My faith as a Christian is that the Holy Scriptures are true and trustworthy, authoritative and infallible in all God intends to do and teach through them. That does not mean, however, that they are inerrant in whatever way we might wish to take them today from our culturally conditioned viewpoints. Nor does it suggest that they are subject to the empirical methods of modern science concerning what is acceptable as reliable knowledge, or to modern ideas of historicity.
The notion of biblical “inerrancy” that is generally on offer in many North American churches (not so much elsewhere) is of fairly recent vintage. It arose in a fundamentalist fervor in the 20th century and was presented in an attempt to defend the veracity of the Scriptures against the perceived onslaught of modern empirical science.
In practice, though, “inerrantists” themselves tend toward the use of the empirical method to answer the empirical criticisms brought against the Scriptures. But in playing by the rules of the empirical sciences, they in effect concede that the Scriptures are subject to scientific verifiability. That misunderstands the Scriptures and what they are about.
Complicating matters even more, “inerrantists” also tend toward literalistic readings that were unknown in the early Church or even by the authors of the New Testament. It is these new readings that they attempt to defend by the empirical methodologies of their opponents.
In the Scriptures themselves, however, we find a very different standard of infallibility and a very different understanding about the authority of God’s words. In Isaiah, the Lord speaks through his prophet and says:
As the rain and the snow come down from heaven, and do not return to it without watering the earth and making it bud and flourish, so that it yields seed for the sower and bread for the eater, so is my word that goes out from my mouth: It will not return to me empty, but will accomplish what I desire and achieve the purpose for which I sent it. (Isaiah 55:10-11)Here is the key point: The word that proceeds from the mouth of God accomplishes whatever God intends for it to do. This is the measure of the truthfulness, trustworthiness, authority and infallibility of Scripture.
What, then, does God intend the Scriptures to do? The Lord Jesus answers this for us: The Law and the Prophets — that is, the Old Testament Scriptures — are about him (the New Testament Scriptures, of course, are manifestly about him). We see this, for example, in the Sermon on the Mount, in which Jesus said, “Do not think that I have come to abolish the Law or the Prophets; I have not come to abolish them but to fulfill them” (Matthew 5:17).
In a rebuke to the Jewish leaders who rejected him, he said, “You study the Scriptures diligently because you think that in them you have eternal life. These are the very Scriptures that testify about me, yet you refuse to come to me to have life … If you believed Moses, you would believe me, for he wrote about me” (John 5:39-40, 46).
To the two disciples who were on the road to Emmaus, on the evening of the day Jesus was raised from the dead (Luke 24:13-32), he said, “How foolish you are, and how slow to believe all that the prophets have spoken! Did not the Messiah have to suffer these things and then enter his glory?” (vv. 25-26). Luke adds this comment: “And beginning with Moses and all the Prophets, he explained to them what was said in all the Scriptures concerning himself” (v. 27). Then when the two disciples finally recognized Jesus, they said to one another, “Were not our hearts burning within us while he talked with us on the road and opened the Scriptures to us?” (v. 32).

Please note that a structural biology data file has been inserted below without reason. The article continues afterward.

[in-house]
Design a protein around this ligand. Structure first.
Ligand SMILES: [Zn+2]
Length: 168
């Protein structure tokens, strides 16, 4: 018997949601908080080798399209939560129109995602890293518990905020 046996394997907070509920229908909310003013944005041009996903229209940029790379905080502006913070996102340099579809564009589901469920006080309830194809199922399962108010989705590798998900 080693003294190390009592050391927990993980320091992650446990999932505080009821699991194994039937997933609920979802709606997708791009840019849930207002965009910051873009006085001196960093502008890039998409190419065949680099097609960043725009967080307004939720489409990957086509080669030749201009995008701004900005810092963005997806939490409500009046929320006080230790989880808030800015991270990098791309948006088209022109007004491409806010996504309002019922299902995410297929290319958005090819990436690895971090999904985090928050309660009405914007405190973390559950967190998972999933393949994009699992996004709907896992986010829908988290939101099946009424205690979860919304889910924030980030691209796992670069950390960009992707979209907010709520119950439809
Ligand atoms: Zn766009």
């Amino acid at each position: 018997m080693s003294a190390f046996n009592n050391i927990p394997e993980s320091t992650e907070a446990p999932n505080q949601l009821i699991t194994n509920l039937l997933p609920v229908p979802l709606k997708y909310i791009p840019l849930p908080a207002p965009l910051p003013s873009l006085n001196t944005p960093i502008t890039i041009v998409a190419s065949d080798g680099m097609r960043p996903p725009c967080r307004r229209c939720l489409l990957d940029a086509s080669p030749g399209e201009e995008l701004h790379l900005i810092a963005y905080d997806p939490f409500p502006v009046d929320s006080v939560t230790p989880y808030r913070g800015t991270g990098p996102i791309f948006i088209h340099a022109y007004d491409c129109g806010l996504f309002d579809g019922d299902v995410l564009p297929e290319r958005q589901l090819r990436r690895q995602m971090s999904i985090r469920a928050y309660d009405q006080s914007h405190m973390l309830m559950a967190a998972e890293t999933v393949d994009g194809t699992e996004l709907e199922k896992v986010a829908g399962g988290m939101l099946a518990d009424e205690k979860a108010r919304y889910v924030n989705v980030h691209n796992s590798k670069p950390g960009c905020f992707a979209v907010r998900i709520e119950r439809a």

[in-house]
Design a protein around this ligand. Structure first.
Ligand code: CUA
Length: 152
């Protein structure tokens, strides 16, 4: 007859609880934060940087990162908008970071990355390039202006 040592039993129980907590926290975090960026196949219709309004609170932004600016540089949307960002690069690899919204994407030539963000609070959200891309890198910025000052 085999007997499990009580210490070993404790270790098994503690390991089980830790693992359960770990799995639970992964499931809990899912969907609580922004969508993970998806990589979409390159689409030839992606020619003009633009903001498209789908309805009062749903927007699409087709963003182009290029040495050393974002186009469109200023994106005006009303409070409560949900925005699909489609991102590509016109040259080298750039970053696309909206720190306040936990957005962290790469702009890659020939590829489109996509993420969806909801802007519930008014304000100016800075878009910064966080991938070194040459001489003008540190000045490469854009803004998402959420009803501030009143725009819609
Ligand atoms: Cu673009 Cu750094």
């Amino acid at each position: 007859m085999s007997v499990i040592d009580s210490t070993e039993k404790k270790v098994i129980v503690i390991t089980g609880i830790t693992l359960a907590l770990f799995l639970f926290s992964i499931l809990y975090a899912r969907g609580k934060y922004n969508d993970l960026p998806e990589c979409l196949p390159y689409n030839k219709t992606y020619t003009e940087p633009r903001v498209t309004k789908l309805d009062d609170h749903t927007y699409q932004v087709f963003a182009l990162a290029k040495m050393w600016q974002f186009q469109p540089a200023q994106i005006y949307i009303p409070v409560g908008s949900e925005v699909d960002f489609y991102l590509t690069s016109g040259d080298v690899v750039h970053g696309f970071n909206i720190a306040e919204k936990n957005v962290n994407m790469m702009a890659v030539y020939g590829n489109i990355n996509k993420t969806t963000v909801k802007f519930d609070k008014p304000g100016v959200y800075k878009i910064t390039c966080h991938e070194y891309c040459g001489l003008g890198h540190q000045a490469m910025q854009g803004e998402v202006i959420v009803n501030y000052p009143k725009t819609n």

That same evening, Jesus appeared to the eleven disciples in the upper room and said, “This is what I told you while I was still with you: Everything must be fulfilled that is written about me in the Law of Moses, the Prophets and the Psalms” (Luke 24:44).
The Old Testament Scriptures are all about Christ. Their authority and trustworthiness is rooted in their testimony about him. That is how the New Testament authors all understood the Scriptures, as teaching us about the Lord Jesus. Such understanding did not arise for them from a literalistic reading of the Old Testament but because they had come to know the risen Christ, who taught that the Scriptures are all about him. The early Church Fathers, likewise, receiving the tradition handed down by the apostles, read and understood the Scriptures as being all about Christ.
The truth and trustworthiness of the Scriptures is found in what God intends for them to do. Jesus taught that they are all about him. Within that, Paul finds a secondary purpose:
All Scripture is God-breathed and is useful for teaching, rebuking, correcting and training in righteousness, so that the servant of God may be thoroughly equipped for every good work. (2 Timothy 3:16-17)Teaching, rebuking, correcting, and training in righteousness. These have nothing to do with the methods of modern science and history but everything to do with the truth of Christ and the gospel, so that followers of Christ may be thoroughly equipped for living the Christ life.
The truthfulness, trustworthiness, authority, infallibility — and I would even add, though not in the modern fundamentalist sense, the inerrancy — of Scripture is in its testimony to Jesus Christ and its usefulness for the faith and life of the Church.